LONDON — Concertgoers, artists and music fans stand to suffer as a result of Viagogo’s $4.05 billion purchase of StubHub, according to representatives of the U.K. and European live industry.
Viagogo has been the subject of numerous investigations and complaints across Europe and until recently was being doggedly pursued through the British courts by the Competition and Markets Authority (CMA) regulatory watchdog.
That long-running court action was dropped in September after Viagogo made a number of changes to comply with U.K. consumer law, although the CMA continues to monitor the secondary ticketing company’s operations.
Reviews of Viagogo’s controversial business practices have also been conducted by the Digital, Culture, Media and Sport (DCMS) committee, Advertising Standards Authority (ASA) and National Trading Standards, while Google suspended the company from its paid-for search results in July for breaching its advertising policy.
Viagogo has also been subject to legal actions and consumer group investigations in Australia, France, Switzerland and New Zealand, following a wave of consumer complaints.
News of its $4 billion purchase of StubHub was announced Nov. 25 with Viagogo CEO Eric Baker saying the deal will give buyers “a wider choice of tickets, and sellers will have a wider network of buyers.” Baker called the merger “a win-win for fans” resulting in more choice and better pricing.”
Adam Webb, campaign manager at U.K.-based FanFair Alliance, dismissed Baker’s claims and called the acquisition a “desperate move from both parties.”
“News of this acquisition should be a major concern for both audiences and music businesses, especially if Viagogo, a company that recently had a court order hanging over its head and is still the subject of a CMA investigation, use this process as an attempt to detoxify its brand,” said Webb.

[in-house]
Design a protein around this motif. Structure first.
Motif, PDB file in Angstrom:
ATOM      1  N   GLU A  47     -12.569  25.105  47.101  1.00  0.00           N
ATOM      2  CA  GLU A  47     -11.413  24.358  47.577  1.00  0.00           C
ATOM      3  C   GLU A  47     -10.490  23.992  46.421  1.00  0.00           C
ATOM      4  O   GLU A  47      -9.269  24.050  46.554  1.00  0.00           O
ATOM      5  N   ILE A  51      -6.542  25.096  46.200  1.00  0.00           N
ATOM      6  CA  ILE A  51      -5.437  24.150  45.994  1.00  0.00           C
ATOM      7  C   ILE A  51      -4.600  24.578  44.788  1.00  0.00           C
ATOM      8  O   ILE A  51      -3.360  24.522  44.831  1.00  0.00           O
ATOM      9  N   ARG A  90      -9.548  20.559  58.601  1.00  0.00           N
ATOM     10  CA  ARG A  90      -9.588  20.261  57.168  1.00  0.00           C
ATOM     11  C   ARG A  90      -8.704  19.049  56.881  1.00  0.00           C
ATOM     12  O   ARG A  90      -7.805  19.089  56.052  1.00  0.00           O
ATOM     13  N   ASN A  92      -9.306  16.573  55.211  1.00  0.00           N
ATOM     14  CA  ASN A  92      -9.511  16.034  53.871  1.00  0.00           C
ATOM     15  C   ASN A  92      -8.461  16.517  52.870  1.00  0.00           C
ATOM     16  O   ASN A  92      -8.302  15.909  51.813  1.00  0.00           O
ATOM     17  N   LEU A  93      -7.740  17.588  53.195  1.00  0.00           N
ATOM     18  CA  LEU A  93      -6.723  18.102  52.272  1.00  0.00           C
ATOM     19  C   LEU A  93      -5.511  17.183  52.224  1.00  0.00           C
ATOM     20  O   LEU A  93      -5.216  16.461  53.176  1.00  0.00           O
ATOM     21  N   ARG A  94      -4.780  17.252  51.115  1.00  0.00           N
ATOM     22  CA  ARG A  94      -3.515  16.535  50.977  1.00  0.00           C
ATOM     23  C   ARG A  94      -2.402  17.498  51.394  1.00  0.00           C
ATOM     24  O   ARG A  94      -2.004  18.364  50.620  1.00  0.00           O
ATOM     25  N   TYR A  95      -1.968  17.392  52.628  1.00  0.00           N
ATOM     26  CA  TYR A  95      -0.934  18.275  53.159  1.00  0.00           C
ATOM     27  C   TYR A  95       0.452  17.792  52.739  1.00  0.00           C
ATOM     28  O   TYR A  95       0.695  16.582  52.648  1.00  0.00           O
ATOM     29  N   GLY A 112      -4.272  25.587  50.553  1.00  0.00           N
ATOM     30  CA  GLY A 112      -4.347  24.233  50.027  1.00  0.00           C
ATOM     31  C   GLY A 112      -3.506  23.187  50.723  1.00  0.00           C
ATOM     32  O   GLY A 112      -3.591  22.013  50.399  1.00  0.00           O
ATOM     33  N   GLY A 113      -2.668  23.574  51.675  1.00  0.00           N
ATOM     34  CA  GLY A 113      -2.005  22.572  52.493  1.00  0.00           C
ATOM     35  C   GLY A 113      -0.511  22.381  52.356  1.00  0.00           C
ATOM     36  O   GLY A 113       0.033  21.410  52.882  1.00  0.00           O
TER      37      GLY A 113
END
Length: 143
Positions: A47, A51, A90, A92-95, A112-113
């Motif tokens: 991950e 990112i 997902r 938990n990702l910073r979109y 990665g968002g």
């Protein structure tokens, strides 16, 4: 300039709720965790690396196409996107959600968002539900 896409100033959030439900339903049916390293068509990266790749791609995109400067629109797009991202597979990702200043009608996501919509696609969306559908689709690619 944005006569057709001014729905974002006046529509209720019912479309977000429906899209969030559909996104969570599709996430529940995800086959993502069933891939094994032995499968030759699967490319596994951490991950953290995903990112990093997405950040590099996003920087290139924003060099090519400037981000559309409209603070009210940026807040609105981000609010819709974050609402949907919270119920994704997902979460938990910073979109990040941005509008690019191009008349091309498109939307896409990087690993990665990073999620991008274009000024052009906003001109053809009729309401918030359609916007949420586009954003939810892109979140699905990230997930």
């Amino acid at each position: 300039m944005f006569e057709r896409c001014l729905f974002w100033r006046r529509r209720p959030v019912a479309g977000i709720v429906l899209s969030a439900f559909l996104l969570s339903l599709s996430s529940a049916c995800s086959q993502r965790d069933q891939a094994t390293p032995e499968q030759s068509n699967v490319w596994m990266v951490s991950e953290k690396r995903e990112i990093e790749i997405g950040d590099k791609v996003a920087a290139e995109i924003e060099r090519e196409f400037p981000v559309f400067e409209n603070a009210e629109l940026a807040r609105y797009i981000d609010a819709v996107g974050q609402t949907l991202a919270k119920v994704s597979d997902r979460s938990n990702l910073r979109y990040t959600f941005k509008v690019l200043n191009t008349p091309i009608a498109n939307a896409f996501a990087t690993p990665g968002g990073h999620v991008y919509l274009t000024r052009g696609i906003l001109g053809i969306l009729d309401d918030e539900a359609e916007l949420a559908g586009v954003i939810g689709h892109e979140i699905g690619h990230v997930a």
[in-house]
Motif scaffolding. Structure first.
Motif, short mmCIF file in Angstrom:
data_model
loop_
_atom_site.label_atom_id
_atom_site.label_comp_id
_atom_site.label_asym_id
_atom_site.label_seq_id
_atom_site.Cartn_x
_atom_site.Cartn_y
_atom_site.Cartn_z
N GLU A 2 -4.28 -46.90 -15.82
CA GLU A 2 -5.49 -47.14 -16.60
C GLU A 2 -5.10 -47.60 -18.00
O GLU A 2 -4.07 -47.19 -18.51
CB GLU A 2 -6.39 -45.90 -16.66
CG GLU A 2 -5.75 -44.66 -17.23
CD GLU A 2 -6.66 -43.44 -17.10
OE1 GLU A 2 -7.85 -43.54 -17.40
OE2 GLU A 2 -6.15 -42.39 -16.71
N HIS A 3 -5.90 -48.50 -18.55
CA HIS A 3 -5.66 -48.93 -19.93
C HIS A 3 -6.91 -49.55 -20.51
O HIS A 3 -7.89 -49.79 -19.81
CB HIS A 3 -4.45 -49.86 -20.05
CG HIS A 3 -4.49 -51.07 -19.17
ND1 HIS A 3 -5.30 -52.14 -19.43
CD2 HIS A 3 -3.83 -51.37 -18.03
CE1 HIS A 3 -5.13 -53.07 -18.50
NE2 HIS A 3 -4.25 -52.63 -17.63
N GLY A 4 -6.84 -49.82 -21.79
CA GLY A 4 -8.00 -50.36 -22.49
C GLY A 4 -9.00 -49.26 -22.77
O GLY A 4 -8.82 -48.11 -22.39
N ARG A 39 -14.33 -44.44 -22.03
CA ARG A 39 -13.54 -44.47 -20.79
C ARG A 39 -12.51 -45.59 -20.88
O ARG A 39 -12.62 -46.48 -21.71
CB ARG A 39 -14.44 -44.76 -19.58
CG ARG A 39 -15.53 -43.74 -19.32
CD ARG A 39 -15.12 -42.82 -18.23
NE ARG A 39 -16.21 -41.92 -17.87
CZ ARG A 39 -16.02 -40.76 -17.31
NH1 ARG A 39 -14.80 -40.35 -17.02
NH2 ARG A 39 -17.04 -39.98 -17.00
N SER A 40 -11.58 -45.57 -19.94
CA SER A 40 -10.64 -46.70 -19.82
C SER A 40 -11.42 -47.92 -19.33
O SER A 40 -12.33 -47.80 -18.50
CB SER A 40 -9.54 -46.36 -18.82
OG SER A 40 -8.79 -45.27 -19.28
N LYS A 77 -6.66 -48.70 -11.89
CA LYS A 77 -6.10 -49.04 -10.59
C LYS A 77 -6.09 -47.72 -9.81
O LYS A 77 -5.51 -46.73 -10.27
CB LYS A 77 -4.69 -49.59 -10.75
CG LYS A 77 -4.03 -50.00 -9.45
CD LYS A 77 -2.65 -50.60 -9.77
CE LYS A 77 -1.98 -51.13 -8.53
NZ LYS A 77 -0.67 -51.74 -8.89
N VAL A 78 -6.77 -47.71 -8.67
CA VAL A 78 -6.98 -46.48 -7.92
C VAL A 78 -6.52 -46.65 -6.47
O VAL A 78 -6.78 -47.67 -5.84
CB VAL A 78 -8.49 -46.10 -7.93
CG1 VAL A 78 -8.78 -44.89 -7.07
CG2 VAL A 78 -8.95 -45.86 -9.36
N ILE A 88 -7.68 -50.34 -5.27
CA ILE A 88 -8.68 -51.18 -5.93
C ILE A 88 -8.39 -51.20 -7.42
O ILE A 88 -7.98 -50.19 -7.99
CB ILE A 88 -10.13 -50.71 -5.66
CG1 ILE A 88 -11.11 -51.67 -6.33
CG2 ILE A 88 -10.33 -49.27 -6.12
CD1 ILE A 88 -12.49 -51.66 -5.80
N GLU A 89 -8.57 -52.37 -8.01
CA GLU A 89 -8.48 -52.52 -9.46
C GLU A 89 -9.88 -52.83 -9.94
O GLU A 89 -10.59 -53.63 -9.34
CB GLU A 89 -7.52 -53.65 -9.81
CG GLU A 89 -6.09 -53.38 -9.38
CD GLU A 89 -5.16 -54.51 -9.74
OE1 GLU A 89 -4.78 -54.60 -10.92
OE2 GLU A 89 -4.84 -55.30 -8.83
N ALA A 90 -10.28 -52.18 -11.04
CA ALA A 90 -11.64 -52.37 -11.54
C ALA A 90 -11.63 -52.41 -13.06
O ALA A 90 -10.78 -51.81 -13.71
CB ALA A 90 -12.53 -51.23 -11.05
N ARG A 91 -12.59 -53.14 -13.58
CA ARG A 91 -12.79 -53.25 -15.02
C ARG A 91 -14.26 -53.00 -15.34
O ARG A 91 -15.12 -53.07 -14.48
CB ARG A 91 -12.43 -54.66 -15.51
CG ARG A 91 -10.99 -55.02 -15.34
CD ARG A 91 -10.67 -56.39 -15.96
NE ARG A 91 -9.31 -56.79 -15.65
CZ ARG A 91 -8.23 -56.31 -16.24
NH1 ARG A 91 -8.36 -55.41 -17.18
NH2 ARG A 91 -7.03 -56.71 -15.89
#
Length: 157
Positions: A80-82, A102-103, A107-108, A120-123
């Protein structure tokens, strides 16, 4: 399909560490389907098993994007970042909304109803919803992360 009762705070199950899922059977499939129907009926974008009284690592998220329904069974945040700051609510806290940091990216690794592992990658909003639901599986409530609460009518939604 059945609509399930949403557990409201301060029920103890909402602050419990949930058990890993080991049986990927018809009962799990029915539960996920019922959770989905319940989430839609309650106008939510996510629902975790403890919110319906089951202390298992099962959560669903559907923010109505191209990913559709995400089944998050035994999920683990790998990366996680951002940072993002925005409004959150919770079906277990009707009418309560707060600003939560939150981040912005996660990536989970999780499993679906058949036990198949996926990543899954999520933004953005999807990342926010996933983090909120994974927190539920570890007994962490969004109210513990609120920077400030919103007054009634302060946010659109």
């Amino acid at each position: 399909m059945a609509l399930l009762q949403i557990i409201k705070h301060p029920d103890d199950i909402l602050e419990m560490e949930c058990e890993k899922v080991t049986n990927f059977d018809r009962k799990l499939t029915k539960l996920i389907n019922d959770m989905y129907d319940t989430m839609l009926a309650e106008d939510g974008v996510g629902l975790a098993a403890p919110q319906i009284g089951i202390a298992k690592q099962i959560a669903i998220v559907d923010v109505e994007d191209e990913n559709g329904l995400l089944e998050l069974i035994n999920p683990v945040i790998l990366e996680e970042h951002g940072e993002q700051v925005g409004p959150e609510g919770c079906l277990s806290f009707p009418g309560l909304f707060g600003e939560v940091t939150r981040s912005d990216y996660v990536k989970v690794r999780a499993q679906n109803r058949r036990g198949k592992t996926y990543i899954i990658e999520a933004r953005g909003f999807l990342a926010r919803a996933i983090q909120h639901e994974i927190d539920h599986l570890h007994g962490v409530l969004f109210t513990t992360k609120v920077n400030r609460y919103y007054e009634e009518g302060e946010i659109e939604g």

He said the FairFair Alliance would be writing to U.K. regulators and politicians outlining its concerns and would continue to advise music fans not to use Viagogo and StubHub.
Music Managers Forum chief executive Annabella Coldrick said the consolidation of Viagogo and StubHub “could put a brake” on reforms to the secondary ticketing market “and cause untold harm for audiences and artists alike.”
Those views were echoed by a number of music executives Billboard contacted. Richard Davies, founder of face-value ticket resale platform Twickets, called the merger “terrible news for the industry as two deceitful operators combine forces in order to further turn the screw on the consumer.”
Reg Walker from U.K. consultancy Iridium said the deal was “a disaster for fans globally and StubHub should rethink it.”
“Quite why a trusted brand such as eBay is selling StubHub to a company that allowed the sale of tens of thousands of invalid tickets through its website beggars belief,” Walker said.
“Viagogo claim this will create a ‘win-win for fans’, but further consolidation in the secondary ticketing market would most likely restrict competition, and further negatively impact fans,” said Katie O’Leary of campaign group Face-value European Alliance for Ticketing (FEAT) in a statement.
O’Leary went on to say, “We hope that regulators will have consumers’ best interests at heart when considering this deal and consider not only the question of Viagogo’s increased dominance, but also whether they can be considered a fit and proper owner.”